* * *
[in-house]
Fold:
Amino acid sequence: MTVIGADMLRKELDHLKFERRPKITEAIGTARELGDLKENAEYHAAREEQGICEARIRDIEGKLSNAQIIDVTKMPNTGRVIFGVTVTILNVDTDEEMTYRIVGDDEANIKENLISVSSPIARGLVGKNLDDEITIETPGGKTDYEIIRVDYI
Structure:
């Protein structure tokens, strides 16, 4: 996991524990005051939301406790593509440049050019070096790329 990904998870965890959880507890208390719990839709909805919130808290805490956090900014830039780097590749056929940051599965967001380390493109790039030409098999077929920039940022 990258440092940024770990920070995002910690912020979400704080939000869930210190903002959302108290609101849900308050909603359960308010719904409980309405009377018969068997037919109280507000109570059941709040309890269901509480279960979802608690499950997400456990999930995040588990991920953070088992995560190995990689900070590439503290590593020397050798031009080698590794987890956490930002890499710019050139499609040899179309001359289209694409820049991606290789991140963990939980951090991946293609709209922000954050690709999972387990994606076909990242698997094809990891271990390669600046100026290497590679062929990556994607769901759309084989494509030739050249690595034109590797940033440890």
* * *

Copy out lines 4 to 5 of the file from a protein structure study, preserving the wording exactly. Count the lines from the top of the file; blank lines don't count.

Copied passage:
Structure:
């Protein structure tokens, strides 16, 4: 996991524990005051939301406790593509440049050019070096790329 990904998870965890959880507890208390719990839709909805919130808290805490956090900014830039780097590749056929940051599965967001380390493109790039030409098999077929920039940022 990258440092940024770990920070995002910690912020979400704080939000869930210190903002959302108290609101849900308050909603359960308010719904409980309405009377018969068997037919109280507000109570059941709040309890269901509480279960979802608690499950997400456990999930995040588990991920953070088992995560190995990689900070590439503290590593020397050798031009080698590794987890956490930002890499710019050139499609040899179309001359289209694409820049991606290789991140963990939980951090991946293609709209922000954050690709999972387990994606076909990242698997094809990891271990390669600046100026290497590679062929990556994607769901759309084989494509030739050249690595034109590797940033440890």